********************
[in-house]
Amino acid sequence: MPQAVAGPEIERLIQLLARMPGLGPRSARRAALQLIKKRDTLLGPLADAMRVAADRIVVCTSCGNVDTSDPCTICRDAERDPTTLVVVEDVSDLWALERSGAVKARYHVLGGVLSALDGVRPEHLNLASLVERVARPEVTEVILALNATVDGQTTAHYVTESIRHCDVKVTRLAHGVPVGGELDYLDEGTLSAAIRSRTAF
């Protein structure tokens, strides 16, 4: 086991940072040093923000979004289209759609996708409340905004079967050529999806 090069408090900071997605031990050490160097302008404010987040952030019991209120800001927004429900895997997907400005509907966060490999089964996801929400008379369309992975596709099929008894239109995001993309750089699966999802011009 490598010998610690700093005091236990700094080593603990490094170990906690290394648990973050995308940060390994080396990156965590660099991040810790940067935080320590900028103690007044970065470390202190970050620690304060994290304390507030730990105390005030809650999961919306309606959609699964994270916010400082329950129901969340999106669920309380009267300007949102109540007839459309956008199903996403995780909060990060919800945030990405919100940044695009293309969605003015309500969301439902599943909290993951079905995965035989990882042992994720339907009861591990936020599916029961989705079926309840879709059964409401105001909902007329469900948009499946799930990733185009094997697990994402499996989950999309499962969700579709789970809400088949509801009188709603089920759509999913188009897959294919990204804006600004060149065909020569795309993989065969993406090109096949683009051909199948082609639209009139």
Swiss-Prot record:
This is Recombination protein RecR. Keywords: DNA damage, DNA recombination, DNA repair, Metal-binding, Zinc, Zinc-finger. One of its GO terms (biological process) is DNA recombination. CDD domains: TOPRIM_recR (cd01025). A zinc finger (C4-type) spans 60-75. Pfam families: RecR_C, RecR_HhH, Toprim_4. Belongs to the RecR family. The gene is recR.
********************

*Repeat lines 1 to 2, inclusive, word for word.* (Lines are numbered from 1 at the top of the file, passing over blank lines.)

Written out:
[in-house]
Amino acid sequence: MPQAVAGPEIERLIQLLARMPGLGPRSARRAALQLIKKRDTLLGPLADAMRVAADRIVVCTSCGNVDTSDPCTICRDAERDPTTLVVVEDVSDLWALERSGAVKARYHVLGGVLSALDGVRPEHLNLASLVERVARPEVTEVILALNATVDGQTTAHYVTESIRHCDVKVTRLAHGVPVGGELDYLDEGTLSAAIRSRTAF